Saturday, December 14, 2013

Al-Manar apology: Protecting business or message from Iran?

[Originally posted at NOW]

The Hezbollah media arm’s apology to Bahrain has outraged many of the Party’s supporters.

In a move met with surprise by Hezbollah’s critics and outrage from some its prominent supporters, the Lebanese Communication Group (LCG), the Party’s media arm, issued an apology to the Kingdom of Bahrain on Saturday for what it said was a lack of “objectivity” in its coverage of Manama’s crackdown on pro-democracy demonstrators since 2011.

The move was quickly followed by a statement from Hezbollah that the apology had been made independently of the party’s leadership, whose “position in support of the cause of the oppressed Bahraini people has not changed.”

This, however, fell short of the expectations of certain Party sympathizers, such as Al-Akhbar editor-in-chief Ibrahim al-Amin, who called for those responsible for the apology to “resign from their posts after offering supporters of the resistance an apology, live on the air!” California State University Professor Asaad AbuKhalil wrote that the “despicable apology” had sparked an “overwhelming and pervasive” negative reaction from the Party base, and concurred with Amin that it warranted the dismissal of “someone at Al-Manar,” the television station owned, along with Al-Nour radio, by LCG. The Group’s spokesperson, Ahmad Musulmani, declined to comment to NOW.

Confusion as to why LCG would take such an unpopular and uncharacteristic step has sparked a variety of interpretations, ranging from the strictly commercial to the geopolitical.

One suggestion – reportedly confirmed by Al-Manar Director Abdallah Qassir – is that it was simply a maneuver to protect LCG’s business interests. It was, after all, read out at the general assembly of the Arab States Broadcasting Union (ASBU), a body from which Bahrain has repeatedly attempted to get LCG removed. ASBU members benefit from a number of shared services and resources, as well as preferential rates for certain broadcasting rights. They also gain membership to the World Broadcasting Union. Therefore, it is argued, LCG sought to maintain its ASBU membership by mending ties with Bahrain, leaving Hezbollah to manage the political backlash.

“I don’t think there is [any] reason other than [what] the channel announced; that they were afraid of being expelled from the [ASBU] if they didn’t apologize,” said Nazeeha Saeed, a Bahraini France 24 correspondent who was reportedly tortured by Bahraini authorities during the violent 2011 crackdown.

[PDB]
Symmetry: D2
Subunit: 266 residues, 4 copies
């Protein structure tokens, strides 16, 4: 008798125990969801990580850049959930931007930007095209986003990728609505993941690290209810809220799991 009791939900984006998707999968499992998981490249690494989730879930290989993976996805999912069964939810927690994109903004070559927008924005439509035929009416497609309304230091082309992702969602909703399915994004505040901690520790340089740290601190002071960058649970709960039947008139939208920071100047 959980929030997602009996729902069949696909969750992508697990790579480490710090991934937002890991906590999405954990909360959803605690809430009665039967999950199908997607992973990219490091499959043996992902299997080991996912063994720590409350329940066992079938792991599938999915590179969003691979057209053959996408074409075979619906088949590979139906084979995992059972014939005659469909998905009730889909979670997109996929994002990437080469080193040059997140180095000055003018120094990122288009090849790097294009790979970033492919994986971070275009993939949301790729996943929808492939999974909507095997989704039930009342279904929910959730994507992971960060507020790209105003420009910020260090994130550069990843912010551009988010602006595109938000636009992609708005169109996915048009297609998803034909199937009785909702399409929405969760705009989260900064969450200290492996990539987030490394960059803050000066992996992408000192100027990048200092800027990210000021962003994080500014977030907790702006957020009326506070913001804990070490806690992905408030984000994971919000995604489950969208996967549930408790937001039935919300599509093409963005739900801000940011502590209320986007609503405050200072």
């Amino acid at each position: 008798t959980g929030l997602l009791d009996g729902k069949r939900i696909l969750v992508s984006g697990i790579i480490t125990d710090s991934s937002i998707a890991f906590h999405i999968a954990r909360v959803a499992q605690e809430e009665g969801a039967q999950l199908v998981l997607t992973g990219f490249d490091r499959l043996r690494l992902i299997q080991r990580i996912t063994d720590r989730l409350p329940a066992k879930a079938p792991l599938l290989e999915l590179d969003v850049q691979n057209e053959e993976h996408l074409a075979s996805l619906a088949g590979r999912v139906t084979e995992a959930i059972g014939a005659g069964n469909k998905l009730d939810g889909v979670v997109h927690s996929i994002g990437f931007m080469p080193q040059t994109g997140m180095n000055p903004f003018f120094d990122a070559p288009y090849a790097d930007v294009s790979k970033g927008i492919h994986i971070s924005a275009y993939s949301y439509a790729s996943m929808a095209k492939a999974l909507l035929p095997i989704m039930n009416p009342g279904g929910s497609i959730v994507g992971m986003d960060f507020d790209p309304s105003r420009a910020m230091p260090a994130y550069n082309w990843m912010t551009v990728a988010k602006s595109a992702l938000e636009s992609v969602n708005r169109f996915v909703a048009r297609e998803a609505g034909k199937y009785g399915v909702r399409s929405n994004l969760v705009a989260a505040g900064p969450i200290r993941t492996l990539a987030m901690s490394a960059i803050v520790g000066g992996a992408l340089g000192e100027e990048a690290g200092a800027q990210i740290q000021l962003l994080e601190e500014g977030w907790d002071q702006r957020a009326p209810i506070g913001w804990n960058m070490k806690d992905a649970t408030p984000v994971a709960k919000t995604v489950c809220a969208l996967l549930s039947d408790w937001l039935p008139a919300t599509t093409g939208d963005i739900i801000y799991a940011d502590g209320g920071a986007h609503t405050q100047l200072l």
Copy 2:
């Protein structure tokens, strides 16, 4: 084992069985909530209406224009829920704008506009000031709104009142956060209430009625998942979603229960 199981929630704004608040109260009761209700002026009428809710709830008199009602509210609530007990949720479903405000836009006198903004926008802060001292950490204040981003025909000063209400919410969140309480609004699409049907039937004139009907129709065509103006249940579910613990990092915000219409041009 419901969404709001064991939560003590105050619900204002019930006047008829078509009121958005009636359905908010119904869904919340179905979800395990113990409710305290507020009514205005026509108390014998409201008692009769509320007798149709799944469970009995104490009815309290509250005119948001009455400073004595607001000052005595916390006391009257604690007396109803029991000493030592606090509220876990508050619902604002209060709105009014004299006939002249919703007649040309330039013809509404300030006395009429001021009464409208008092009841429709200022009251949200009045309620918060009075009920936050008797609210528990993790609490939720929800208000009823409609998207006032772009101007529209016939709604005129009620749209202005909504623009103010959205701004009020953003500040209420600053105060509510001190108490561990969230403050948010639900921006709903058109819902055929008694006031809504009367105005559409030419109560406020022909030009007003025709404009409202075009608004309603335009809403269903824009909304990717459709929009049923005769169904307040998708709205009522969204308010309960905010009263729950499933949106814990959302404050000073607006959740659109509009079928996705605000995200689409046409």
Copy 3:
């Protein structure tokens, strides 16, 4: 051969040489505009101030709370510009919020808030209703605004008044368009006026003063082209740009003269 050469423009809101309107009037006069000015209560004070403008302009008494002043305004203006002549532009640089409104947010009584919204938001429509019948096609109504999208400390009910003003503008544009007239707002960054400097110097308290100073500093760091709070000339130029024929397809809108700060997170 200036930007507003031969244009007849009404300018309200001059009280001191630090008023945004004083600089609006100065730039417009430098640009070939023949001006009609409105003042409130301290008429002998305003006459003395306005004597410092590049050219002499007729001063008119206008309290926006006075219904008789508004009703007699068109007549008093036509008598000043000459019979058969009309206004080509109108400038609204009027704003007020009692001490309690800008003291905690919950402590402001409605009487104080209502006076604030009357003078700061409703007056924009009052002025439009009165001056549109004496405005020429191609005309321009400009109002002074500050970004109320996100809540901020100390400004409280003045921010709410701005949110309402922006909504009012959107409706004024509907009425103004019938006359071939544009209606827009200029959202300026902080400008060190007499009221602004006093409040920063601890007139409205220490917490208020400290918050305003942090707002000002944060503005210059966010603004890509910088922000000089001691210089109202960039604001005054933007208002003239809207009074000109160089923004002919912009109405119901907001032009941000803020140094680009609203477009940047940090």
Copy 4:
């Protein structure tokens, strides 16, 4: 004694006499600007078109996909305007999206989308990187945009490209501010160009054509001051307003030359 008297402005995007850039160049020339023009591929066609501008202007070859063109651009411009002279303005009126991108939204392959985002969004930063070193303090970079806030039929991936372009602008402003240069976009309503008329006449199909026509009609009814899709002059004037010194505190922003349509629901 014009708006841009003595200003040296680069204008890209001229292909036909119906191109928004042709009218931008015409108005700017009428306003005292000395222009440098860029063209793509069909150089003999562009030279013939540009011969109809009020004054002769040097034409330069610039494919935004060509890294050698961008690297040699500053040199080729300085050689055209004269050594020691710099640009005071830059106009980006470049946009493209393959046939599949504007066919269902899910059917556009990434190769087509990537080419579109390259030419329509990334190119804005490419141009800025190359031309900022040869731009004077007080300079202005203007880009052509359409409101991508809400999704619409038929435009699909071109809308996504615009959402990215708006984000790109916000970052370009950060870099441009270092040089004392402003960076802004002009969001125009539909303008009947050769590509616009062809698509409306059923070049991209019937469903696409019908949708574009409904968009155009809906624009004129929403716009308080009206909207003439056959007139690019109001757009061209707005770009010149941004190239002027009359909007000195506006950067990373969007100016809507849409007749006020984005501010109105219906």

On the other hand, it has been argued elsewhere that the apology was part of a wider Iranian charm offensive directed both at the West and its regional allies. Recent weeks have seen a comparative warming of relations between Tehran and various Gulf Arab states, with Iranian Foreign Minister Muhammad Javad Zarif paying rare visits to the UAE, Qatar, Kuwait, and Oman.

“Al-Manar’s decision to issue an apology was surely intended to send out a certain message,” said Mustafa Fahs, a Lebanese commentator and son of the prominent Shiite cleric, Sayyid Hani Fahs. “That message goes to the Gulf in general but specifically Saudi Arabia, and it is that Hezbollah is able to take steps back. It is part of the Iranian pragmatism which can make Hezbollah, one of its main tools, reconsider some of its positions.”

Accordingly, Fahs dismissed the notion that LCG’s decision was taken without Hezbollah’s approval, arguing the Party must have in fact backed the apology.

“Hezbollah is an iron-clad organization, and there are no contradictions within it. Everything they state has already been discussed and planned, and comes out as planned,” he told NOW.

“The management of Al-Manar would never do something like that without approval from the higher [Hezbollah] leadership,” agreed analyst Qassem Qassir.

In which case, argued Fahs, the anger the apology generated among Hezbollah’s supporters reflects their disbelief that the Party would soften its stance against its erstwhile antagonists; a reaction which Fahs likened to Iranian hardliners’ dissatisfaction with the conciliatory rhetoric of new President Hassan Rouhani.

“The breach is not between Hezbollah and Al-Manar, but between Hezbollah and its base. They just cannot seem to absorb what happened. And they don’t seem able to connect what’s happening to the contradictions present inside Iran, between Rouhani and the Revolutionary Guards.”

Luna Safwan contributed reporting.

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